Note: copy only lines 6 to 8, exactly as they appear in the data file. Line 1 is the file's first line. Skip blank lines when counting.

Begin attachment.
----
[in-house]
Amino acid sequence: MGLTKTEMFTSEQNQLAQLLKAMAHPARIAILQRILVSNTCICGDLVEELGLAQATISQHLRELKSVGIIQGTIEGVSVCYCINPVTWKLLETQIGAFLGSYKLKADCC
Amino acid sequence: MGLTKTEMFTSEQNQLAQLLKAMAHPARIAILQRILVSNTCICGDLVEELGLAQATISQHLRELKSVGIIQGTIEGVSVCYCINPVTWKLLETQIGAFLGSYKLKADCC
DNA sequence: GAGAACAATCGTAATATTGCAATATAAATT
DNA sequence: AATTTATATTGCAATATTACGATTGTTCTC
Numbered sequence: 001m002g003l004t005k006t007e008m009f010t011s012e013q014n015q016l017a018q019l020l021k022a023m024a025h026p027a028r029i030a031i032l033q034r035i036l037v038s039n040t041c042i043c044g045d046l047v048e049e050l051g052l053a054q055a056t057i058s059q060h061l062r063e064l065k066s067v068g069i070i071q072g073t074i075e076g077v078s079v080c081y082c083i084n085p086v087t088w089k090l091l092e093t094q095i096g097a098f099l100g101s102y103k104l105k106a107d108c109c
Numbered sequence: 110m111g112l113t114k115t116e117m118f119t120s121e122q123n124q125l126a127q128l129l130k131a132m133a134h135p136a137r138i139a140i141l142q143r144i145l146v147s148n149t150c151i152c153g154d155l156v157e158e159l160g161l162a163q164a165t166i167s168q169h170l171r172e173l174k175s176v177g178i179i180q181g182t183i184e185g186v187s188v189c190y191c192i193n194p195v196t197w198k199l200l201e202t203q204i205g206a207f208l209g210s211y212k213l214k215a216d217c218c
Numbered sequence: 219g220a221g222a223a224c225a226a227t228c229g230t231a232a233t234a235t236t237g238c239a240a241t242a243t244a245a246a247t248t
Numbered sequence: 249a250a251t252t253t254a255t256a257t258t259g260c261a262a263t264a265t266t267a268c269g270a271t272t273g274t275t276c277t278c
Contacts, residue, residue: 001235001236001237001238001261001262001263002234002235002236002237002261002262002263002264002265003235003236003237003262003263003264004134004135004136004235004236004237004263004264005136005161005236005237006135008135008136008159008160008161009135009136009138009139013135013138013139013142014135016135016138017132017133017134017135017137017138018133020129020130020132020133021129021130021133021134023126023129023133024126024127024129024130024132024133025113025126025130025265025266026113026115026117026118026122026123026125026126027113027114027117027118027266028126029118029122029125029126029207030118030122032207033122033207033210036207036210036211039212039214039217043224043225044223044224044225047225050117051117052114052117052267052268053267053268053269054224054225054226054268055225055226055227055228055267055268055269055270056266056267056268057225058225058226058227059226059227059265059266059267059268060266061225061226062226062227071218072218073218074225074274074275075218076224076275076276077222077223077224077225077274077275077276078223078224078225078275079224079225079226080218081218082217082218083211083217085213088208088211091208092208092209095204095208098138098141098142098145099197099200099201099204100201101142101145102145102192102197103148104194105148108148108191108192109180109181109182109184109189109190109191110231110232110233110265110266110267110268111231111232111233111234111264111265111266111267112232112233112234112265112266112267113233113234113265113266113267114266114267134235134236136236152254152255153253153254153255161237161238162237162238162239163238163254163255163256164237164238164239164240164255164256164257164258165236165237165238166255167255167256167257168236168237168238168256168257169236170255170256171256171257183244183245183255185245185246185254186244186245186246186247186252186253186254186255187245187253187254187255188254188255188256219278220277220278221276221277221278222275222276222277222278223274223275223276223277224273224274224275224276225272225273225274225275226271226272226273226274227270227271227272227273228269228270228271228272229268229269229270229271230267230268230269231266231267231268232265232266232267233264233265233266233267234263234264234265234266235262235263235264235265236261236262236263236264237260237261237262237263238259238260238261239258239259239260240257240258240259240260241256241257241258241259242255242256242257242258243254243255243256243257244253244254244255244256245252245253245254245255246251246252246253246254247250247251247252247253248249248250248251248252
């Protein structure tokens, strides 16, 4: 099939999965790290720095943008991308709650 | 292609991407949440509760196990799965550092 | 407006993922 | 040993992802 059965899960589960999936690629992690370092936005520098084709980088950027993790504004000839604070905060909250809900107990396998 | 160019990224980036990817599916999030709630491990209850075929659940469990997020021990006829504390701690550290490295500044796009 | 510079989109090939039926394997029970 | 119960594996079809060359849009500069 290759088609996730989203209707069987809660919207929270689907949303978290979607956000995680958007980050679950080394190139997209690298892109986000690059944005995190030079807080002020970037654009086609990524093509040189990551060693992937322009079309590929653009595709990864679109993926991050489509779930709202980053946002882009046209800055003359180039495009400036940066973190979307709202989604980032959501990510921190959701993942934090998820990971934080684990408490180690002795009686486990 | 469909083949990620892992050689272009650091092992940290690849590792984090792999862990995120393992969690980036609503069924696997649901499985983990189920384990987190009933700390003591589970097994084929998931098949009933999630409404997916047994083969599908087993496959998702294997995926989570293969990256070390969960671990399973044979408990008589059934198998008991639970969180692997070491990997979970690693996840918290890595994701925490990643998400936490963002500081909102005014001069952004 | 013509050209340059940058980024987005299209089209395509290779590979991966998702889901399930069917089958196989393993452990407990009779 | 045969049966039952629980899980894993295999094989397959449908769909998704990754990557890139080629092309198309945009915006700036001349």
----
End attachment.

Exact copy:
Numbered sequence: 001m002g003l004t005k006t007e008m009f010t011s012e013q014n015q016l017a018q019l020l021k022a023m024a025h026p027a028r029i030a031i032l033q034r035i036l037v038s039n040t041c042i043c044g045d046l047v048e049e050l051g052l053a054q055a056t057i058s059q060h061l062r063e064l065k066s067v068g069i070i071q072g073t074i075e076g077v078s079v080c081y082c083i084n085p086v087t088w089k090l091l092e093t094q095i096g097a098f099l100g101s102y103k104l105k106a107d108c109c
Numbered sequence: 110m111g112l113t114k115t116e117m118f119t120s121e122q123n124q125l126a127q128l129l130k131a132m133a134h135p136a137r138i139a140i141l142q143r144i145l146v147s148n149t150c151i152c153g154d155l156v157e158e159l160g161l162a163q164a165t166i167s168q169h170l171r172e173l174k175s176v177g178i179i180q181g182t183i184e185g186v187s188v189c190y191c192i193n194p195v196t197w198k199l200l201e202t203q204i205g206a207f208l209g210s211y212k213l214k215a216d217c218c
Numbered sequence: 219g220a221g222a223a224c225a226a227t228c229g230t231a232a233t234a235t236t237g238c239a240a241t242a243t244a245a246a247t248t